It creates an atmosphere of tradition, of wilderness and it means warmth, food and drink. It doesn't half stick to your clothes afterwards though.
An absolutely unforgettable experience for me was driving my own team of six willing trail companions on a long dog sled safari into the snowy forest.
We made lunch over an open fire and returned to the kennels just as darkness was descending, it was one of the very best days of my life.
My absolute top tip for this trip would be to listen to what the local guides have to say.
They know the local terrain, the Arctic, in a way you, as a visitor cannot hope to understand and it is very safe out there as long as you follow the guides' instructions. To think you know better is nothing short of foolish arrogance and could end up getting you into deep trouble.
Besides long johns, the three most important things you should have with you in your daypack are…
Lip balm - it is so dry; sun glasses - the sun reflects off the snow just as much as it would in a ski resort, and, lastly, a buff, which is a multifunctional piece of headwear - it can keep you head warm, your cheeks warm, your neck, your chin, pretty much anything warm.
This trip is about doing as much or as little as you please, but a lot of people want to try a reindeer safari, ice fishing, snowmobiling and dog sledding, which is a thrilling experience. The very first time I went dog sledding, my team took off like hounds from hell and it was all I could do to hold on to the sled.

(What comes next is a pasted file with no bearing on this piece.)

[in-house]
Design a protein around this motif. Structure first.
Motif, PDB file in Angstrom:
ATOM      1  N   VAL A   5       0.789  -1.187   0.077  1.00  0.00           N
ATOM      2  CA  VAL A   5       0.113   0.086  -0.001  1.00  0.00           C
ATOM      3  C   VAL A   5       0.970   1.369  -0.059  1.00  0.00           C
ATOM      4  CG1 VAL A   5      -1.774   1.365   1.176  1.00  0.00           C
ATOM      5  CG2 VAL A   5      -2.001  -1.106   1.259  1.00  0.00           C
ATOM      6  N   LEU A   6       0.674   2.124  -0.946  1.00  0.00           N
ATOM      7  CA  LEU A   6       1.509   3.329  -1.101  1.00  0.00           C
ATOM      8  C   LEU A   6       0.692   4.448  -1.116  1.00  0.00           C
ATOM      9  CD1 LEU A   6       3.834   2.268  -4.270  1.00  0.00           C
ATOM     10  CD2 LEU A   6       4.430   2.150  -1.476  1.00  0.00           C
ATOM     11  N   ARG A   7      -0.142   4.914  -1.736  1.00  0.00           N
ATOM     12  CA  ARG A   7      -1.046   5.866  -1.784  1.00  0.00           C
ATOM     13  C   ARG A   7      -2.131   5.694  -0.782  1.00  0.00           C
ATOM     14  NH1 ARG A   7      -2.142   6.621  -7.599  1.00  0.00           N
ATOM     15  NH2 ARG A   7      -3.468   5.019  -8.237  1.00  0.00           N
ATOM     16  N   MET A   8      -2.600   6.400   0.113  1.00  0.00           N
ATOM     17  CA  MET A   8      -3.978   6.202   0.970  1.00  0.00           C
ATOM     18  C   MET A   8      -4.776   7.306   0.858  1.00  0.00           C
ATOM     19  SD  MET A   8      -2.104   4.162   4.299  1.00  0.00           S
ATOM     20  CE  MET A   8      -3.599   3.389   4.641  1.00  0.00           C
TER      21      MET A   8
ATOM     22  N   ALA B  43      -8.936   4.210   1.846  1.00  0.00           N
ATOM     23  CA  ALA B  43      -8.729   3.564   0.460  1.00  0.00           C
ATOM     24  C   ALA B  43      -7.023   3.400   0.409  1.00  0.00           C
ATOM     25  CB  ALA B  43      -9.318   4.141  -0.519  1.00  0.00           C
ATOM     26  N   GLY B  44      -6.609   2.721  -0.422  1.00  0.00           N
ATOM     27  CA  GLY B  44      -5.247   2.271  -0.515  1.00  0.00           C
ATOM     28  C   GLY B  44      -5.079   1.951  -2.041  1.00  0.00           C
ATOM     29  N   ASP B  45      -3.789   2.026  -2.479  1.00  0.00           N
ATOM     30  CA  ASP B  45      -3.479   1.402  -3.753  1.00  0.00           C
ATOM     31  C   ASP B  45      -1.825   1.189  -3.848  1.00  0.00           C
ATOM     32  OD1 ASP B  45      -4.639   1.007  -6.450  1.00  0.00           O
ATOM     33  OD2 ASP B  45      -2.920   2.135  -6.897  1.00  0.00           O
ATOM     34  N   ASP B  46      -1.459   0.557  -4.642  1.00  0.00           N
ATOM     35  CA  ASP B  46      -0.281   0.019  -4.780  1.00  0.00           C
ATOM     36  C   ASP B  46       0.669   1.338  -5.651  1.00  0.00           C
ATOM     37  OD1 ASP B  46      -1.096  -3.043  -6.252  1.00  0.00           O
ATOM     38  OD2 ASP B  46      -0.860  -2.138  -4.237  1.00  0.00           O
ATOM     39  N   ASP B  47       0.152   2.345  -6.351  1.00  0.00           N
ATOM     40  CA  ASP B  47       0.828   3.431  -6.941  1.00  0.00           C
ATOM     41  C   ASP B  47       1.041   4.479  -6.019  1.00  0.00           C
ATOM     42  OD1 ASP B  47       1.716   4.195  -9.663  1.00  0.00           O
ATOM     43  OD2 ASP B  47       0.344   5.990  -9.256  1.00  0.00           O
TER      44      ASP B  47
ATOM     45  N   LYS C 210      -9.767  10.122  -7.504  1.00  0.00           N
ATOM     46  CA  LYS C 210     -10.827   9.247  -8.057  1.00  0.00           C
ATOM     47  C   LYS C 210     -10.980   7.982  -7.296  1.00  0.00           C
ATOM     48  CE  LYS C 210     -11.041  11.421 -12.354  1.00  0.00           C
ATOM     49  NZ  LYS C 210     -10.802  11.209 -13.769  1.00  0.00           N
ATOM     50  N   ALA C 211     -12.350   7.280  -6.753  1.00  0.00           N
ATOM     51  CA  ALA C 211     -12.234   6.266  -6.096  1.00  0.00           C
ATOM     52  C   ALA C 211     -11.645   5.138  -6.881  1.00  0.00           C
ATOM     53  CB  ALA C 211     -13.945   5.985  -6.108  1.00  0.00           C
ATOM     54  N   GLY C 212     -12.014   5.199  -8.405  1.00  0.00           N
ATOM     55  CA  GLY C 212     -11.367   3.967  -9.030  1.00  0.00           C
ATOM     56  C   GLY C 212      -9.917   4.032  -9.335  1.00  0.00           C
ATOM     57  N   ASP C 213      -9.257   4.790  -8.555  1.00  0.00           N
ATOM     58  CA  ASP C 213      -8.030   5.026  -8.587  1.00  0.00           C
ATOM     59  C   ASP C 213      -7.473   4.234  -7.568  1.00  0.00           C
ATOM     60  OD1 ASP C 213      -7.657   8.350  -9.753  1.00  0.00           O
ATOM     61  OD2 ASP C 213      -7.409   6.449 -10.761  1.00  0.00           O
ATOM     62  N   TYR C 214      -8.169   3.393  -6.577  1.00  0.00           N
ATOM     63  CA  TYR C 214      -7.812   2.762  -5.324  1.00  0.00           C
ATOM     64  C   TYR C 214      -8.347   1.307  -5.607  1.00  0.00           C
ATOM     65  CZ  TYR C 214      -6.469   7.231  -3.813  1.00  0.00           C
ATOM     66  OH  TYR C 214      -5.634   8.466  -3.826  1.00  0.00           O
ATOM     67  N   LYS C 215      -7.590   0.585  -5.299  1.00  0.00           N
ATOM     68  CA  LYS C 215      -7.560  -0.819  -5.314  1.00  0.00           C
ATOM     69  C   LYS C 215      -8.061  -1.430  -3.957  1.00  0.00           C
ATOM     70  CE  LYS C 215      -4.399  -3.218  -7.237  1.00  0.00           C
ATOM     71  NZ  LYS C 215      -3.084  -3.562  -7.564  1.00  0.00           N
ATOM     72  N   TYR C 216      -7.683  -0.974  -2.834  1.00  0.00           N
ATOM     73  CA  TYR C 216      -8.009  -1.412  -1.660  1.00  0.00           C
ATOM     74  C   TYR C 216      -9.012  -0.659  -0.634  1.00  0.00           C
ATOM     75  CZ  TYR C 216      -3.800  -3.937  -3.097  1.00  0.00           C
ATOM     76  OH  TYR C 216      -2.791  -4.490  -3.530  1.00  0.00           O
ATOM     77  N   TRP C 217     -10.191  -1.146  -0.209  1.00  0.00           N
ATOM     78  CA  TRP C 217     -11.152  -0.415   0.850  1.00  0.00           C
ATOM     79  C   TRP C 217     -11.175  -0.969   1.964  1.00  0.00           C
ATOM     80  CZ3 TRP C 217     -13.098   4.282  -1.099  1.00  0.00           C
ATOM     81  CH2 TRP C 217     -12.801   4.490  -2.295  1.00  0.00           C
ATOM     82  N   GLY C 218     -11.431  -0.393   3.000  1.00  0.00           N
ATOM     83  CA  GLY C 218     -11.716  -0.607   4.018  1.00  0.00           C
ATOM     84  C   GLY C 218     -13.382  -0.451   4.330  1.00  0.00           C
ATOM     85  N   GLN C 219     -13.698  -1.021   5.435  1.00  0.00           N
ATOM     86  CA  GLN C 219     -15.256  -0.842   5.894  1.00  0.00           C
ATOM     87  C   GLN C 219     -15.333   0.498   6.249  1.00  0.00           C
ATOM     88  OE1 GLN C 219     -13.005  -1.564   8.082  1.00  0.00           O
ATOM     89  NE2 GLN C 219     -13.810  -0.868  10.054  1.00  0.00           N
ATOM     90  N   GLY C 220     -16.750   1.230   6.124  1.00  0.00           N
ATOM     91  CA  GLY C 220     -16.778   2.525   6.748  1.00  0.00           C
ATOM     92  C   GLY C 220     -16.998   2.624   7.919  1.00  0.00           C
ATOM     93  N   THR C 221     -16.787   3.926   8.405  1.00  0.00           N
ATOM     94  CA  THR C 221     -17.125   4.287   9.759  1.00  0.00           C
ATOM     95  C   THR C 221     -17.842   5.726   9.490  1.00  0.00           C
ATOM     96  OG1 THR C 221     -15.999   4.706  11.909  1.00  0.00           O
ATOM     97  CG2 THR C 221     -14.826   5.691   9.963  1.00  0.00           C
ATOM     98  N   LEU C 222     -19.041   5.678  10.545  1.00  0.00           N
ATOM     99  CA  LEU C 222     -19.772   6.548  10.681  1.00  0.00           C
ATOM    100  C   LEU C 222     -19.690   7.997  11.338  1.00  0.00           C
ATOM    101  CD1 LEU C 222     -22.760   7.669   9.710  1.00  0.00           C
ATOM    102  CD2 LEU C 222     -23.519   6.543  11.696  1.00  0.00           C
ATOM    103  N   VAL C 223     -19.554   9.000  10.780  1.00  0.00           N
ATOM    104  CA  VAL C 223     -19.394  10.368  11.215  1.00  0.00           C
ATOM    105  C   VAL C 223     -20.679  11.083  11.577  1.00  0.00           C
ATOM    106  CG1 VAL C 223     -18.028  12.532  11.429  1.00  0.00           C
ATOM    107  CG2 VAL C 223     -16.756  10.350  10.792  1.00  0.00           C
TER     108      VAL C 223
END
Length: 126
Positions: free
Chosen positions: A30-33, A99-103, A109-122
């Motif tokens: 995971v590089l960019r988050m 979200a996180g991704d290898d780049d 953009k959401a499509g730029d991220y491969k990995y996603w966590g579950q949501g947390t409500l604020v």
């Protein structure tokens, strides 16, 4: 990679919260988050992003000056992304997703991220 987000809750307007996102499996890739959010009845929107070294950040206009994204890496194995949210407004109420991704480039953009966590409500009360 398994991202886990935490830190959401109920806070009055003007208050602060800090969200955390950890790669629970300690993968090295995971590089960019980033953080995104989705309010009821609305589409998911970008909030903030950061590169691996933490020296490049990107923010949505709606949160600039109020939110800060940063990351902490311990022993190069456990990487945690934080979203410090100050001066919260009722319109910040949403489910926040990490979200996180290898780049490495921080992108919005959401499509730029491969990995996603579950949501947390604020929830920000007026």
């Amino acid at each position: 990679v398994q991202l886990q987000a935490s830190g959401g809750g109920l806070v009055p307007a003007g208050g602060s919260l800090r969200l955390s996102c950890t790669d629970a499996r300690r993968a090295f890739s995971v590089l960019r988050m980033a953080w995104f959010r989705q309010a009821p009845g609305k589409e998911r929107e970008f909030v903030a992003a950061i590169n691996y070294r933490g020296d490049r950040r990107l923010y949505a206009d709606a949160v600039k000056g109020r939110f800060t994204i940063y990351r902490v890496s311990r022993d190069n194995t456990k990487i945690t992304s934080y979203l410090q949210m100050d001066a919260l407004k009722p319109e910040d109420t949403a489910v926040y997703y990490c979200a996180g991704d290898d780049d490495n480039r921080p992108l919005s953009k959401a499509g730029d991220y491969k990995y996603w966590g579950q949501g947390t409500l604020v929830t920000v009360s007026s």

I remember wondering how the hell I was going to control this lot for the next few hours. I wouldn't say I was frightened, but it certainly got the adrenaline flowing. Fortunately, they very quickly slowed down and the experience was indescribably wonderful.
The locals like to make jokes, usually at my expense.
My friend Jukka owns a dog sledding centre and a couple of years ago one of the females gave birth to a particularly round and plump puppy. At the time, I was somewhat rotund myself and Jukka chose to name the puppy after me. These days, sled dog Ali is a lean, athletic wheel dog and I'm delighted to say that I too have relinquished that excess puppy fat. I've even been dog sledding with Ali pulling me along!
This trip isn't hugely tough, but the conditions can be if you're not prepared.
I found pulling on the heavy snow boots every morning was a right royal pain in the arse until I figured out that the little tag on the heel is there to make the process so much simpler. Other than that, snowshoeing uphill in search of the Northern Lights gives your heart a pretty decent work out.
A popular way to "relax" is to take a sauna then dip into an icy plunge pool or roll naked in the snow.
Both are invigorating to say the least but, because snow holds the temperature of the air, it can get as cold as -30 or -40oC. Going from 50oC in the sauna to -30oC in the snow is a shock to the system and not particularly pleasant at the time. However, the after glow probably makes it worth doing at least once.
There are things that make me want to scream 'No!' at tourists and things that make me want to scream 'Yes!'
I can't stand arrogance - how can anybody from the UK come to the Arctic Circle and think they know better than fully qualified wilderness guides who live and work there? It's idiotic and drives me up the wall. On the flipside, I love it when guests embrace the local culture, asking sensible questions and simply respecting what is an absolutely pristine environment.